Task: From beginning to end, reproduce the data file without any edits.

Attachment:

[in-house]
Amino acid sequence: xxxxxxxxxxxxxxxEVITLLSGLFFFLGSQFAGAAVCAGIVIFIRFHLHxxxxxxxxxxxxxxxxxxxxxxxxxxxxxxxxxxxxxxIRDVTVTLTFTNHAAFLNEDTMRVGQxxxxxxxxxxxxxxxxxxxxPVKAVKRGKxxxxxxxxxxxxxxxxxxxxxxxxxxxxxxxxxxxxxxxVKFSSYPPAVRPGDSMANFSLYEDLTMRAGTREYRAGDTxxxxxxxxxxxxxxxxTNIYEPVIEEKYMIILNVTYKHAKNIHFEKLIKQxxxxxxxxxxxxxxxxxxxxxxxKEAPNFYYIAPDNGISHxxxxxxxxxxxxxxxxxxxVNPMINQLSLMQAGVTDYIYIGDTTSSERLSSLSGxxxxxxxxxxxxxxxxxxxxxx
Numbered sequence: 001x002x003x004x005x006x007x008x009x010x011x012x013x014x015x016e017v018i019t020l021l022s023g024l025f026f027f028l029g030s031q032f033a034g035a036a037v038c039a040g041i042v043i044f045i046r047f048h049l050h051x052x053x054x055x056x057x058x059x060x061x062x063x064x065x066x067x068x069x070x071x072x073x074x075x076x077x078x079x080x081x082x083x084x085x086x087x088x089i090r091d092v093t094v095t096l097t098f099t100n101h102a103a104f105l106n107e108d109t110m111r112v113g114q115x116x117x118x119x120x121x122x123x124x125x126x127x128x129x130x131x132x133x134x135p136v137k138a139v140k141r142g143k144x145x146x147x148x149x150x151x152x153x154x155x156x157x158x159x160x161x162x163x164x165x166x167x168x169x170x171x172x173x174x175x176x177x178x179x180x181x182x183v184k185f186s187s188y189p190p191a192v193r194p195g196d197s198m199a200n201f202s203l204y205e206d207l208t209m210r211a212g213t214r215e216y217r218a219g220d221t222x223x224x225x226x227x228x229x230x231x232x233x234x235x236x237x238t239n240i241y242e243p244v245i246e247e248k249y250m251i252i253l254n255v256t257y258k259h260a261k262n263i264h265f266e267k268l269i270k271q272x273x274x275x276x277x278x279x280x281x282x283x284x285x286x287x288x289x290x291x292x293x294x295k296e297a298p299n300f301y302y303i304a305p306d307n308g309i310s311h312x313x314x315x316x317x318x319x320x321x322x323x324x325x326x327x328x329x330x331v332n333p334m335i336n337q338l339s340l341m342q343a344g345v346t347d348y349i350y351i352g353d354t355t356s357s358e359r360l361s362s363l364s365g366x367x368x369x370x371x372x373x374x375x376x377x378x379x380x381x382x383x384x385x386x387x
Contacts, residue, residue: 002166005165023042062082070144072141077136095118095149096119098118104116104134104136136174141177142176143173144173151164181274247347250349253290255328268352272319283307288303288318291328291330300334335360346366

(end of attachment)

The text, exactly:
[in-house]
Amino acid sequence: xxxxxxxxxxxxxxxEVITLLSGLFFFLGSQFAGAAVCAGIVIFIRFHLHxxxxxxxxxxxxxxxxxxxxxxxxxxxxxxxxxxxxxxIRDVTVTLTFTNHAAFLNEDTMRVGQxxxxxxxxxxxxxxxxxxxxPVKAVKRGKxxxxxxxxxxxxxxxxxxxxxxxxxxxxxxxxxxxxxxxVKFSSYPPAVRPGDSMANFSLYEDLTMRAGTREYRAGDTxxxxxxxxxxxxxxxxTNIYEPVIEEKYMIILNVTYKHAKNIHFEKLIKQxxxxxxxxxxxxxxxxxxxxxxxKEAPNFYYIAPDNGISHxxxxxxxxxxxxxxxxxxxVNPMINQLSLMQAGVTDYIYIGDTTSSERLSSLSGxxxxxxxxxxxxxxxxxxxxxx
Numbered sequence: 001x002x003x004x005x006x007x008x009x010x011x012x013x014x015x016e017v018i019t020l021l022s023g024l025f026f027f028l029g030s031q032f033a034g035a036a037v038c039a040g041i042v043i044f045i046r047f048h049l050h051x052x053x054x055x056x057x058x059x060x061x062x063x064x065x066x067x068x069x070x071x072x073x074x075x076x077x078x079x080x081x082x083x084x085x086x087x088x089i090r091d092v093t094v095t096l097t098f099t100n101h102a103a104f105l106n107e108d109t110m111r112v113g114q115x116x117x118x119x120x121x122x123x124x125x126x127x128x129x130x131x132x133x134x135p136v137k138a139v140k141r142g143k144x145x146x147x148x149x150x151x152x153x154x155x156x157x158x159x160x161x162x163x164x165x166x167x168x169x170x171x172x173x174x175x176x177x178x179x180x181x182x183v184k185f186s187s188y189p190p191a192v193r194p195g196d197s198m199a200n201f202s203l204y205e206d207l208t209m210r211a212g213t214r215e216y217r218a219g220d221t222x223x224x225x226x227x228x229x230x231x232x233x234x235x236x237x238t239n240i241y242e243p244v245i246e247e248k249y250m251i252i253l254n255v256t257y258k259h260a261k262n263i264h265f266e267k268l269i270k271q272x273x274x275x276x277x278x279x280x281x282x283x284x285x286x287x288x289x290x291x292x293x294x295k296e297a298p299n300f301y302y303i304a305p306d307n308g309i310s311h312x313x314x315x316x317x318x319x320x321x322x323x324x325x326x327x328x329x330x331v332n333p334m335i336n337q338l339s340l341m342q343a344g345v346t347d348y349i350y351i352g353d354t355t356s357s358e359r360l361s362s363l364s365g366x367x368x369x370x371x372x373x374x375x376x377x378x379x380x381x382x383x384x385x386x387x
Contacts, residue, residue: 002166005165023042062082070144072141077136095118095149096119098118104116104134104136136174141177142176143173144173151164181274247347250349253290255328268352272319283307288303288318291328291330300334335360346366